Curiosities of “Good to Great”

Good to Great 1I really enjoy the book Good to Great by Jim Collins.  It’s a book about business. I found it compelling but, even after having read 2/3 of it some years ago, I still often wonder: what does it all mean?

Perhaps I will never fully know.

An M.D. friend of mine told me about the book.  He found that it applied to multiple contexts. Another colleague of mine has been reading it, and I’ve flipped through it several times lately while visiting in his office.

As for myself, I think I’m better at achieving greatness in some contexts than others. In business I’ve little idea of how greatness looks or feels. In work and in life, I’ve achieved things that seem pretty great to me.

Beryl Markham provided the opening quote Collins used in his book: “That’s what makes death so hard — unsatisfied curiosity.”  Of course, we have all heard that curiosity is also what killed the cat.  Striking the right balance isn’t easy.

Defining new goals has always been the biggest challenge for me.  And I see I’m not alone. Defining appropriate goals for achieving greatness requires curiosity and experience.  So many companies are limited by their own success, Collins asserts, that they don’t flourish because they limit themselves to tried and tested approaches that they don’t realize are outdated.  If they do realize it, they usually are unable to shift to new approaches anyway.

Achieving those goals requires skill, perseverance, and steadfast determination.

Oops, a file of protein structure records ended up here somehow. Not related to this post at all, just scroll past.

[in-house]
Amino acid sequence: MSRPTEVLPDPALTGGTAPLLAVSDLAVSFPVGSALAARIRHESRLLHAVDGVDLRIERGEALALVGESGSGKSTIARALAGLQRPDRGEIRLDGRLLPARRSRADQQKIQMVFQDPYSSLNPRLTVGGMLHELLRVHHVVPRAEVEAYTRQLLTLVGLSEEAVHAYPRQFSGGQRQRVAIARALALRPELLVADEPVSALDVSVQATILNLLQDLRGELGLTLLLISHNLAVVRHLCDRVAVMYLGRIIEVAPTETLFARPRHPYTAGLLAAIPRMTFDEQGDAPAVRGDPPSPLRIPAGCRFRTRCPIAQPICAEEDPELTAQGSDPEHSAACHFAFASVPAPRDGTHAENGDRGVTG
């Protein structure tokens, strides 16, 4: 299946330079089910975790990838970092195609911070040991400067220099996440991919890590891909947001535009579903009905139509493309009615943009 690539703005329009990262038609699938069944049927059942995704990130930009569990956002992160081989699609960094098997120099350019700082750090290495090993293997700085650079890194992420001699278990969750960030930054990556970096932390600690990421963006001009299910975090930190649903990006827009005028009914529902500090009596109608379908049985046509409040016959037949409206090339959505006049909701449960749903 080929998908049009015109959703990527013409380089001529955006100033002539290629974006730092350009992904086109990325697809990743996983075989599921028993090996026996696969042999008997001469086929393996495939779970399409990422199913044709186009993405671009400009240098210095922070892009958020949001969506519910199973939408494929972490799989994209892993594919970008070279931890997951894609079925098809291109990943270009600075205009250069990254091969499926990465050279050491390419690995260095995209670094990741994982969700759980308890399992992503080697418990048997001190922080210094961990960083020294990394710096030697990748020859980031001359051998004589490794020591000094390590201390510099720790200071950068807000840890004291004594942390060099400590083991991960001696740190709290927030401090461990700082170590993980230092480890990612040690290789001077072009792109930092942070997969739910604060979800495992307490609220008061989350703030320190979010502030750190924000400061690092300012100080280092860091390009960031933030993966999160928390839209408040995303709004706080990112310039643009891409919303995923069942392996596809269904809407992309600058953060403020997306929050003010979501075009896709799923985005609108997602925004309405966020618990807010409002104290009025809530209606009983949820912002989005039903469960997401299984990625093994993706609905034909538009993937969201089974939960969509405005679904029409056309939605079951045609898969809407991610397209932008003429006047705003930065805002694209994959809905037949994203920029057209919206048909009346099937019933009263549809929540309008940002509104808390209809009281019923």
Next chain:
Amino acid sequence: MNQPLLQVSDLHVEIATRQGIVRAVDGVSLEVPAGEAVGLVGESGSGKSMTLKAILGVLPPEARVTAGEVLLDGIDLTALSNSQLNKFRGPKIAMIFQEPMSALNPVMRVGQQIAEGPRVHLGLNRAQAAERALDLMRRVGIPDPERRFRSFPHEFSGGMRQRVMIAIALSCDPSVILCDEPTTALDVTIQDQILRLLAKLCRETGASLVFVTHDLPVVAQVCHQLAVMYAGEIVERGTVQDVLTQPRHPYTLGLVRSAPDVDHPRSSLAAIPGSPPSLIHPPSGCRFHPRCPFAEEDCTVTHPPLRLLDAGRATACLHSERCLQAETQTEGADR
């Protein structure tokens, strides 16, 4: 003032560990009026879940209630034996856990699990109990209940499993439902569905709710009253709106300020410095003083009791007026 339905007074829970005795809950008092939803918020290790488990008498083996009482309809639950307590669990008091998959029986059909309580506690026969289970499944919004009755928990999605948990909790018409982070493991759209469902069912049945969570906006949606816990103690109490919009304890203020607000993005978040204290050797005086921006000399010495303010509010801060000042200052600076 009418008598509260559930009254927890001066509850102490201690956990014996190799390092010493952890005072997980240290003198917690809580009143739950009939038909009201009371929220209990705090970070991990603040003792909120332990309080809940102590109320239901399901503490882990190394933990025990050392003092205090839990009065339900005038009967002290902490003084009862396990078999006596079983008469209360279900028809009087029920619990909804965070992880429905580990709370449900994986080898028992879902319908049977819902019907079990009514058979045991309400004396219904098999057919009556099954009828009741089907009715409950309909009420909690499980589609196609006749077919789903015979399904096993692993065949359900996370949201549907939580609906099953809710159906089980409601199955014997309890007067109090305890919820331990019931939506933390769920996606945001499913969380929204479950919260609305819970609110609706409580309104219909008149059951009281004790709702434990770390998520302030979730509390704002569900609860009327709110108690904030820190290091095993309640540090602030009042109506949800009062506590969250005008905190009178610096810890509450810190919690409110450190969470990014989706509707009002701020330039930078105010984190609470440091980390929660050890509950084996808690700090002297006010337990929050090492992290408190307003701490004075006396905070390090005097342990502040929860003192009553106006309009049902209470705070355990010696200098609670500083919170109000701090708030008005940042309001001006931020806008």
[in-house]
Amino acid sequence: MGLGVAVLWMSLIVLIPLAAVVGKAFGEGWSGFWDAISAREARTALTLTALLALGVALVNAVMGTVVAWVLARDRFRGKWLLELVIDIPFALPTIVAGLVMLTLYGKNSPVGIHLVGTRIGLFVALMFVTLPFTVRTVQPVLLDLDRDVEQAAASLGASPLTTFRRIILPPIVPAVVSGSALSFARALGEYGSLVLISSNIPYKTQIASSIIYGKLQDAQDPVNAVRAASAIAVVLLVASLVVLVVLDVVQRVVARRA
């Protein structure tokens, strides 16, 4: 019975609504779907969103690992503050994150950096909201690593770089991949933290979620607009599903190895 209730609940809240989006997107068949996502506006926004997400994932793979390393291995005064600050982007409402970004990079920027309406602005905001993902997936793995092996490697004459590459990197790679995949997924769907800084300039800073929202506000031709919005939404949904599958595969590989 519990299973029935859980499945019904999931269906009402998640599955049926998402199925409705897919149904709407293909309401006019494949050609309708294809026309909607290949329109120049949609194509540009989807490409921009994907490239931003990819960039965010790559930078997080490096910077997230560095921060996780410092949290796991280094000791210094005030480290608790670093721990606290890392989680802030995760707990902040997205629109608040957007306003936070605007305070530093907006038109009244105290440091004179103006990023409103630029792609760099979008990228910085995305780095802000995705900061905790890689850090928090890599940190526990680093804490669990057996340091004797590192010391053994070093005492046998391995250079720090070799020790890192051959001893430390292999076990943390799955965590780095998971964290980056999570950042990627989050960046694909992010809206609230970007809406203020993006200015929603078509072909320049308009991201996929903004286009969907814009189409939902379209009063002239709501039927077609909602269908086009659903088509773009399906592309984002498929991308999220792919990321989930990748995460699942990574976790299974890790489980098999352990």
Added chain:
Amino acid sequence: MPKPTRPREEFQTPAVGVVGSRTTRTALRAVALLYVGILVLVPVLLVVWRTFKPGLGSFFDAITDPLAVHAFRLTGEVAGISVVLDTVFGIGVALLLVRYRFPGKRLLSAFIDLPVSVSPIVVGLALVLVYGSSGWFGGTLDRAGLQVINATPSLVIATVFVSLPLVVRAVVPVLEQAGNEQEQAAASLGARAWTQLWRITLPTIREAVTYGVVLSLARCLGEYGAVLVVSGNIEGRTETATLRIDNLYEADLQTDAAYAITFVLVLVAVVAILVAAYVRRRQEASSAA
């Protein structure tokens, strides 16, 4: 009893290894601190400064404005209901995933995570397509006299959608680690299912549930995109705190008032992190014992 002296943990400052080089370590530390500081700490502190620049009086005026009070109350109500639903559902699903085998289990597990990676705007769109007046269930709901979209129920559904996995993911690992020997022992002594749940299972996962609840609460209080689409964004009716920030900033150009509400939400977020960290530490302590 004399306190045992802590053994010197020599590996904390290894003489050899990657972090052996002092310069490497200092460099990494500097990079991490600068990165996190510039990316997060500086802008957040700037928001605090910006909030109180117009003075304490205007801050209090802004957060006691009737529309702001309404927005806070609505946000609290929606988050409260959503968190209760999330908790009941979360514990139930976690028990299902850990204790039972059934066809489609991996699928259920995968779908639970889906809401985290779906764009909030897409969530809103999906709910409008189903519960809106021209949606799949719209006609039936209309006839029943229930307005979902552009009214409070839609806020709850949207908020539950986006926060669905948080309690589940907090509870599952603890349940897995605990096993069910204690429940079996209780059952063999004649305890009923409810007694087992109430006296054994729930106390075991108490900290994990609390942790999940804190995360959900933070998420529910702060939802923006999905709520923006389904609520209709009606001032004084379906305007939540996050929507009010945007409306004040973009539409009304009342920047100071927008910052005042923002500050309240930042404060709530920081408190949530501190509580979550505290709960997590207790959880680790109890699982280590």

Good to Great 2

Roadmap to Ireland

Enchanted by Ireland in 2003, I vowed to return to live and work there for a year.  My husband and I had fallen in love with the people, pubs, landscape, food, architecture, music, and even the climate.  (Admittedly, we had false impressions of the climate, since our two-week trip coincided with a “heat wave” where temperatures hit a whopping 75F each day and rain was nowhere in sight.)

I returned home and researched the requirements for becoming a Fulbright Core Scholar.  Securing a Fulbright grant was going to be more difficult than I’d thought, but I did see a possible route to achieving that goal.  I’d significantly improve my chances if I earned architectural licensure and a doctorate.  Over the years, I chipped away at my iceberg — earning a license to practice architecture in 2005 and a PhD in Higher Education in 2010.

I submitted an application to Fulbright right after graduation, but to no avail.  That inital application got kicked out in the first round of competition. I kept chipping away, though.  My second try met with success.  Starting August 23, I’ll be living my dream — and working my finger to the bone — at the Dublin Institute of Technology.

Stay tuned to this blog for:

  • Tips on applying for a Fulbright
  • Stories of my adventures Ireland
  • Photographs of “Urban Reflections”
  • Findings from my research at the Dublin Institute of Technology

A picture from graduation day 2010 at The College of William and Mary in Virginia.